A will contest is a legal action challenging the validity of a will. There are many reasons you may wish to challenge the validity of a will. Maybe you believe that the person who signed the will was under “undue influence” when he/she signed it or possibly the signature is a forgery. There are many cases of will contests involving the rich and famous such as the heir to the the Johnson family estate or even Anna Nicole Smith’s challenge to her late-husband’s estate. Will contests often occur when children of the deceased are treated unequally under the will, for example, if the deceased has several children but the will names one child as the executor and sole beneficiary of the will. Will contests also may occur when the deceased makes a specific gift to a non-family member instead of blood relatives, or to the spouse from a second marriage at the expense of children from a prior marriage.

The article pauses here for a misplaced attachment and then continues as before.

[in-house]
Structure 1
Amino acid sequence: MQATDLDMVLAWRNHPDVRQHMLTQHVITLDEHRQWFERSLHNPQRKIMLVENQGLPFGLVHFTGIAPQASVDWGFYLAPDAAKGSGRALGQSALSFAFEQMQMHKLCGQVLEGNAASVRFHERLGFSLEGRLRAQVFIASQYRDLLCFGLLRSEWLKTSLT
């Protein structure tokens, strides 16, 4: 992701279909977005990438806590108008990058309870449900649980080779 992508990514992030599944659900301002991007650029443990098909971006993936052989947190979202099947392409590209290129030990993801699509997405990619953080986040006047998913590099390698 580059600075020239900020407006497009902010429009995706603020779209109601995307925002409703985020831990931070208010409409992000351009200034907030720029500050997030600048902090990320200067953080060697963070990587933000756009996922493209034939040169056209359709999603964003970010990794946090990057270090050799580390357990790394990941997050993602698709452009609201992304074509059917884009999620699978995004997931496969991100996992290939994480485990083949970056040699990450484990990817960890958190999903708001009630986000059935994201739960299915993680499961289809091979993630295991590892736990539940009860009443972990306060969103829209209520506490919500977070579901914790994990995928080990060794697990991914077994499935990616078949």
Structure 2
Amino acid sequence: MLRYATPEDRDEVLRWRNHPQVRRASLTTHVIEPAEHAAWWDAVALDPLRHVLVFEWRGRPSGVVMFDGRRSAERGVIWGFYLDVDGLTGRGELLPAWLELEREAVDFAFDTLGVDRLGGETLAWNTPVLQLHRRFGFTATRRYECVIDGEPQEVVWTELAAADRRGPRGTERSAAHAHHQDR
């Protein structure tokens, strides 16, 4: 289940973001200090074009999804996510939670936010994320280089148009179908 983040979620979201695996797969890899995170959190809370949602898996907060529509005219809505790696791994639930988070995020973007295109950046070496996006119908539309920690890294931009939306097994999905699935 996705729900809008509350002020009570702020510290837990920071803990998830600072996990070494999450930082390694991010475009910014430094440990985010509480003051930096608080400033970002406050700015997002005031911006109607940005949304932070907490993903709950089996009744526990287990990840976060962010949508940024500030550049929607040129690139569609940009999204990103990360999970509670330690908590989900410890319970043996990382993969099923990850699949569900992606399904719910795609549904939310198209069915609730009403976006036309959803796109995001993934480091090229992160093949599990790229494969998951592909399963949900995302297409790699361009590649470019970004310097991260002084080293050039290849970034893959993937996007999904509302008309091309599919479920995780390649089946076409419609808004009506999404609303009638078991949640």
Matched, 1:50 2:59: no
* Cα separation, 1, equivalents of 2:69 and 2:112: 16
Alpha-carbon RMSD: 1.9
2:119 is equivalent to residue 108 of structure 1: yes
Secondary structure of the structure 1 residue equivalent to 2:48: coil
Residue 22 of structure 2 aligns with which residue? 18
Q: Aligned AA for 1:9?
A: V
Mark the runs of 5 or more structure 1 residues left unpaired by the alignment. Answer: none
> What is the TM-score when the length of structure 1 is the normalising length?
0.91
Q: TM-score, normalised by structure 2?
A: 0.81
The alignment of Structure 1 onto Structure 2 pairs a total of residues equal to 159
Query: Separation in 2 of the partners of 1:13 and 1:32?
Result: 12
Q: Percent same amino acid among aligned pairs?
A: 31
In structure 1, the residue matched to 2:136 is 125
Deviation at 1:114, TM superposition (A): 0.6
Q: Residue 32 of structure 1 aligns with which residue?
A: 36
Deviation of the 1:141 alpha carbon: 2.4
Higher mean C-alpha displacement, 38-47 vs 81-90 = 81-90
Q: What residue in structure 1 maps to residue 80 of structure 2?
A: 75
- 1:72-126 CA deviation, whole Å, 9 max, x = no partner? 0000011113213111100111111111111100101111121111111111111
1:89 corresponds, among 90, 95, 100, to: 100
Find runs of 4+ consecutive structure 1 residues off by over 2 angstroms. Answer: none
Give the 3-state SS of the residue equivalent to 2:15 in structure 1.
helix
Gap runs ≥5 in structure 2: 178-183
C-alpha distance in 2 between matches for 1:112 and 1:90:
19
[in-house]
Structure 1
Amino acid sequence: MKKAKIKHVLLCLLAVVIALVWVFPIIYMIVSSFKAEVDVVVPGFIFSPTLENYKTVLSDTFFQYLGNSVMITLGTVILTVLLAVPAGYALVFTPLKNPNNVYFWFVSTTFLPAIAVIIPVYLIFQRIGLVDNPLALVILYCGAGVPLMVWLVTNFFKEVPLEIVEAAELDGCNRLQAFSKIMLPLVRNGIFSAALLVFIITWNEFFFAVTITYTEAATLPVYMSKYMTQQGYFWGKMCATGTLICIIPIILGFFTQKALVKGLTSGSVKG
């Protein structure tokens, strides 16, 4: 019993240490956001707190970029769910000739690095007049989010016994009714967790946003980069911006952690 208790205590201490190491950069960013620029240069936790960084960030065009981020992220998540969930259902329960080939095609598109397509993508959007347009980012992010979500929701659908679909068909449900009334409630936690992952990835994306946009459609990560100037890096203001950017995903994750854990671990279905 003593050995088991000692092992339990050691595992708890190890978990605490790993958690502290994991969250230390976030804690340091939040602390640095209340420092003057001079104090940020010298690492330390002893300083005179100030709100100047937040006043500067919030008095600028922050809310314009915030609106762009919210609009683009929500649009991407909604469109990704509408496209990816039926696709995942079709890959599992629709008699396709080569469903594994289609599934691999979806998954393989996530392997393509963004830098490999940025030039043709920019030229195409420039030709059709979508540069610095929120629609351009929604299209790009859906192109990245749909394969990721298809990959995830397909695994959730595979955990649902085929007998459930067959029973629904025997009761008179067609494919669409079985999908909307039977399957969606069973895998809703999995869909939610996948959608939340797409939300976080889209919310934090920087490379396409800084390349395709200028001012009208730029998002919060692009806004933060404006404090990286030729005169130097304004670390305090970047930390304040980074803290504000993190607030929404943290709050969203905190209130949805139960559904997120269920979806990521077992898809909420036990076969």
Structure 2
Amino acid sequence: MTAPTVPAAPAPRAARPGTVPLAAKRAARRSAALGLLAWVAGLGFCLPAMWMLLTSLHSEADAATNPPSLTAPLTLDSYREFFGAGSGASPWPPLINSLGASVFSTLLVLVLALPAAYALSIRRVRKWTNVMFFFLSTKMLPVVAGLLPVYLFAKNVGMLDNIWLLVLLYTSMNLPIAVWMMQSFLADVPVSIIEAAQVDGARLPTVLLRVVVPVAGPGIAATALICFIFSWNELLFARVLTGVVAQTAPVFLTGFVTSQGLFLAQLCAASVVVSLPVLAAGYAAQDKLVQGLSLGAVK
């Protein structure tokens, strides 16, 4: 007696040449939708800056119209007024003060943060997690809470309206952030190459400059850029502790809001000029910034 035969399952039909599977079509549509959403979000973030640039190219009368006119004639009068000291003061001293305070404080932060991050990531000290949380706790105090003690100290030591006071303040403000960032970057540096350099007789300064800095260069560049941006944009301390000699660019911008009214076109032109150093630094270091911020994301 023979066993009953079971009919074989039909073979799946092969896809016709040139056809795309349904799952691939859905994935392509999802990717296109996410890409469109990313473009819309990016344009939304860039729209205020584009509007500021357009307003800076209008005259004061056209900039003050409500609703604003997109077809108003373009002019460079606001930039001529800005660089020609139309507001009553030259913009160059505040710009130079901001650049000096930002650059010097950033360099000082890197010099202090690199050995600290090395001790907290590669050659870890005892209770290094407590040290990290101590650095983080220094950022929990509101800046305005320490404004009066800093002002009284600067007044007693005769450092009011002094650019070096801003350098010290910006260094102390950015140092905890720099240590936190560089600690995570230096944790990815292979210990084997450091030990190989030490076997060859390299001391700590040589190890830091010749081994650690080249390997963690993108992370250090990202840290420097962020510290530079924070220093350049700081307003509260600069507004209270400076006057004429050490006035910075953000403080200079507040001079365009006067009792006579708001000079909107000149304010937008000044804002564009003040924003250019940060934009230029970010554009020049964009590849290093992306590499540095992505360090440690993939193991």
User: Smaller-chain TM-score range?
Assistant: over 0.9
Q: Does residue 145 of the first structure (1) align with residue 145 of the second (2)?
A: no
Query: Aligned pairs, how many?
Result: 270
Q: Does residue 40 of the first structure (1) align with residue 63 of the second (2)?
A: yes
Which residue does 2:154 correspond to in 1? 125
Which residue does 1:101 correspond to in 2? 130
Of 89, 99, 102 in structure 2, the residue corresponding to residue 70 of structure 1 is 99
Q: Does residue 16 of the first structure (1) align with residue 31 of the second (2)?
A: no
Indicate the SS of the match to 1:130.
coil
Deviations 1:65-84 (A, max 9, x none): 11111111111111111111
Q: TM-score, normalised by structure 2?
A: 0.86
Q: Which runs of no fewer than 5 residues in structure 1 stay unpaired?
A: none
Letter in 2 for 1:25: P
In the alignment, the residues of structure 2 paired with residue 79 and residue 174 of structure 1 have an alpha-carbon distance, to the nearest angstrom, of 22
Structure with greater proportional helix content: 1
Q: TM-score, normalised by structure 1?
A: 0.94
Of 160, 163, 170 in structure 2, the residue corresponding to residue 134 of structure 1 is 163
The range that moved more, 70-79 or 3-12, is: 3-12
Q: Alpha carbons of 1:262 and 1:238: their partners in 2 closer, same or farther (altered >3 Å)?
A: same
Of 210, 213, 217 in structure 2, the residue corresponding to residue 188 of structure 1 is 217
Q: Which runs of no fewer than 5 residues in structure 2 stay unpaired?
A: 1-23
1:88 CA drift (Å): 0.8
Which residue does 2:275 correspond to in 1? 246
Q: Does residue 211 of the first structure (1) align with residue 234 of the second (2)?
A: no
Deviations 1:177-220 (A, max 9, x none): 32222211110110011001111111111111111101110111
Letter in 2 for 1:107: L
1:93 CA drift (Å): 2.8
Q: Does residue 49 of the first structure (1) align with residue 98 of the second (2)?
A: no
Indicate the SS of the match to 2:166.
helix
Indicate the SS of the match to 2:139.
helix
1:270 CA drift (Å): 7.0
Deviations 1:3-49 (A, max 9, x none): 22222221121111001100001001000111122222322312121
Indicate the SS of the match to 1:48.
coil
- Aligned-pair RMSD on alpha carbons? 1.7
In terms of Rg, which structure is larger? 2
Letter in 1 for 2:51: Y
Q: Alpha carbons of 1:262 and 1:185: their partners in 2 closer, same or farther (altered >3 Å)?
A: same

For a will to take effect it must be admitted into probate. The executor who is named in the purported will initiates the probate process by presenting the original will together with the original death certificate to the Surrogate. A will contest can be initiated by filing a document known as a “caveat” with the Surrogate before a purported will has been admitted into probate. The probate of a will cannot occur until the eleventh day after the date of death of the testator. This ten-day period allows for the filing of a caveat with the Surrogate of the County in which the decedent was domiciled at the time of his or her death.
Persons with standing to challenge a will include those who are named on the face of the will and those who would inherit from the testator if the will was to be declared invalid. If a caveat has been filed with the Surrogate in a timely manner, then the proponent of the contested will cannot probate the will simply by presenting it to the Surrogate with the decedent’s death certificate.
Even if it is too late to file a caveat, it is not necessarily too late to hire an attorney to file a will contest. A will contest also can be commenced after a will has been admitted into probate. In that case, the estate attorney for the will contestant must file a lawsuit seeking to set aside the probate of the purported will. New Jersey has strict time limits for commencing such an action. Contesting a will is litigation, and it is recommended that you retain the advice of an attorney to proceed with the will contest.